Discretion pays for traders
Stocktake:If one is going to engage in dodgy behaviour, it’s best to be discreet about it.
Take RBS, fined £392 million last week for manipulating Libor rates. “It’s just amazing how Libor fixing can make you that much money,” one trader boasted via email. “The jpy Libor is a cartel now,” another scoffed.
“PRETTY PLEASE,” said a Swiss franc trader asking a submitter for a higher rate, promising he would “lvoe [sic] u forever”. Another joked there “might be a steak in it for ya” if a “small drop” could be arranged.
Meanwhile, SP is now being sued for $5 billion by the US government for giving high ratings to risky mortgage bonds prior to the global financial crisis. Their case isn’t helped by revealing emails such as the oft-quoted line that a deal “could be structured by cows and we would rate it”.
Another analyst borrowed from the Talking Heads song Burning Down the House, singing: “Subprime is boi-ling o-ver/Bringing down the house.” In a follow-up email, he added: “For obvious, professional reasons please do not forward this song. If you are interested, I can sing it in your cube ;-).”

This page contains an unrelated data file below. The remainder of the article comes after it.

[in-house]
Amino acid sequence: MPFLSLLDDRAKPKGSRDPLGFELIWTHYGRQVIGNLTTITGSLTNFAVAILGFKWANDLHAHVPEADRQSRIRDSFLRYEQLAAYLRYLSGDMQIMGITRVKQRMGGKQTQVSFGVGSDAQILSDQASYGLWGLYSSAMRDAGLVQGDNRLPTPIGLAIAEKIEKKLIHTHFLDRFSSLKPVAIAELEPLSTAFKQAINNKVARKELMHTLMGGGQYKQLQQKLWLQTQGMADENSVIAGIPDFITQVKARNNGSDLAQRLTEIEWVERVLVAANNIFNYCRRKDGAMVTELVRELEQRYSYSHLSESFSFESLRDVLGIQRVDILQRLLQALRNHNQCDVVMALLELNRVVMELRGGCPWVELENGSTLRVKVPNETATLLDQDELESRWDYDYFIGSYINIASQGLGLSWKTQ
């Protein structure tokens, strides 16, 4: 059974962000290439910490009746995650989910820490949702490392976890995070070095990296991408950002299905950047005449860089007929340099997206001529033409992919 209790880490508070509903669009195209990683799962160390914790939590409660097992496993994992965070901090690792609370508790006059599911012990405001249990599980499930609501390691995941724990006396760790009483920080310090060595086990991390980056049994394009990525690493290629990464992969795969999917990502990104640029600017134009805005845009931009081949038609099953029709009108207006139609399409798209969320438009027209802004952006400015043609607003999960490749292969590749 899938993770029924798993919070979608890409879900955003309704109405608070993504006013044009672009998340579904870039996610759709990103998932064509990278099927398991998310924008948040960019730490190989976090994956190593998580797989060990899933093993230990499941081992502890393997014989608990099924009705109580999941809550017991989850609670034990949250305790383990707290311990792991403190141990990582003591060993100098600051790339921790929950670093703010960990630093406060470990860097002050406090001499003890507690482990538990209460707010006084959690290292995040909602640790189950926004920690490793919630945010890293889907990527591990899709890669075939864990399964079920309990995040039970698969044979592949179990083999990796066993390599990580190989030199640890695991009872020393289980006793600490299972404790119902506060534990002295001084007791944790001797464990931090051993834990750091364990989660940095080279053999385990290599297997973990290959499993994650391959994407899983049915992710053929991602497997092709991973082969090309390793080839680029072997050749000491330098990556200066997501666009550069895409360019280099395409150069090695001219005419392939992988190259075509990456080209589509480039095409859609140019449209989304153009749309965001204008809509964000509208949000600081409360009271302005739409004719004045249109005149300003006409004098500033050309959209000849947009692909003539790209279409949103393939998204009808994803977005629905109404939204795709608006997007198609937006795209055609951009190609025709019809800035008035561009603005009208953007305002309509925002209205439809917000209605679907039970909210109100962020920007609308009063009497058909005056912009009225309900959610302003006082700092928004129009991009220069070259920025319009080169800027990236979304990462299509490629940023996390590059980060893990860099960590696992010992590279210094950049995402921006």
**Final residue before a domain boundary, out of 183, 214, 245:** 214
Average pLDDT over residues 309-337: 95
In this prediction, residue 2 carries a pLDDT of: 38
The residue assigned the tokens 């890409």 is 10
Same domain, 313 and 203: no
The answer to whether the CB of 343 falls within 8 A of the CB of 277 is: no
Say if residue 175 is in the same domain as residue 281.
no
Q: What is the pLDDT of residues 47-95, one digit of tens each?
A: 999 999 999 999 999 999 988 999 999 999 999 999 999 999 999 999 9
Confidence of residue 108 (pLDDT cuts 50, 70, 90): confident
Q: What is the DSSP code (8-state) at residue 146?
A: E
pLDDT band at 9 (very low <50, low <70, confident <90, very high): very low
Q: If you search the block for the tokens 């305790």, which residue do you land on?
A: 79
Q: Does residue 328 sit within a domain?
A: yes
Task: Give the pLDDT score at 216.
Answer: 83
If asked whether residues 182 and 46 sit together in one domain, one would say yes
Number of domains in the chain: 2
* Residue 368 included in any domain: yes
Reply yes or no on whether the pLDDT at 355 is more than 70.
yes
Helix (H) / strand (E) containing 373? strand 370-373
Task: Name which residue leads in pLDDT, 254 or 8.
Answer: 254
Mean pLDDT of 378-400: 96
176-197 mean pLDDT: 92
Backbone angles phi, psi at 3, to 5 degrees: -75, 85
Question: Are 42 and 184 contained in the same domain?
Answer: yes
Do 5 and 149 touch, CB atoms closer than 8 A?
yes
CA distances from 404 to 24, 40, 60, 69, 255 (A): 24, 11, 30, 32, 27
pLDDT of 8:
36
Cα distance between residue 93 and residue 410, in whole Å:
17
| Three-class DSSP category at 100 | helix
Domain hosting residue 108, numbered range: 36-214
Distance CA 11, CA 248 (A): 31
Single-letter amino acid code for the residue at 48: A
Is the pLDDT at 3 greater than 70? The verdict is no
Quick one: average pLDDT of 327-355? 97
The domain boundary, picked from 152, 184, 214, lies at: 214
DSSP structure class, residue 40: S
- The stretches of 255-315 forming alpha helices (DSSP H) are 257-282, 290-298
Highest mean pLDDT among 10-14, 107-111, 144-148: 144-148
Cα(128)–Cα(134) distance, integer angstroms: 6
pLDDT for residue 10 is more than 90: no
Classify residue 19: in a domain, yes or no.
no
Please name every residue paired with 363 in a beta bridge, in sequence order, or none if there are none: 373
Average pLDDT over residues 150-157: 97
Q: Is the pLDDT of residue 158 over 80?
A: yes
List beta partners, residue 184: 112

Elan looks for life after Tysabri
Elan suffered its biggest fall in more than six months following last week’s $3.25 billion sale of blockbuster drug Tysabri.
Given the old cliche about how the market hates uncertainty, one can see why. Elan will continue to receive royalties on Tysabri sales but is otherwise almost a shell company, with lots of cash but no drugs.
Chief executive Kelly Martin is on the hunt for pharmaceutical assets but he’s not alone. “There are a lot of assets to buy but very few are interesting,” a UBS analyst told Martin. “What makes you believe that you may be better than them at finding little gems?”
Elan, he added, now resembles a publicly traded private equity fund.
Martin defends his 10-year tenure but it has been a rollercoaster.
Shares rocketed from below $3 in 2003 to $30 in 2004 before collapsing back to $3 in 2005. 2008 saw a high of $37 and a low of about $5. The stock hit $9.40 last week.
The company may “reinvent itself once more”, as Davy’s Jack Gorman hopes, but Deutsche Bank’s downgrade (“uncertainty over use of the proceeds”) is equally plausible. For now, it’s all a guessing game.
Wide spread on equity returns
Equities have beaten inflation, bonds and cash in every country since 1900, the yearbook finds, but returns vary hugely.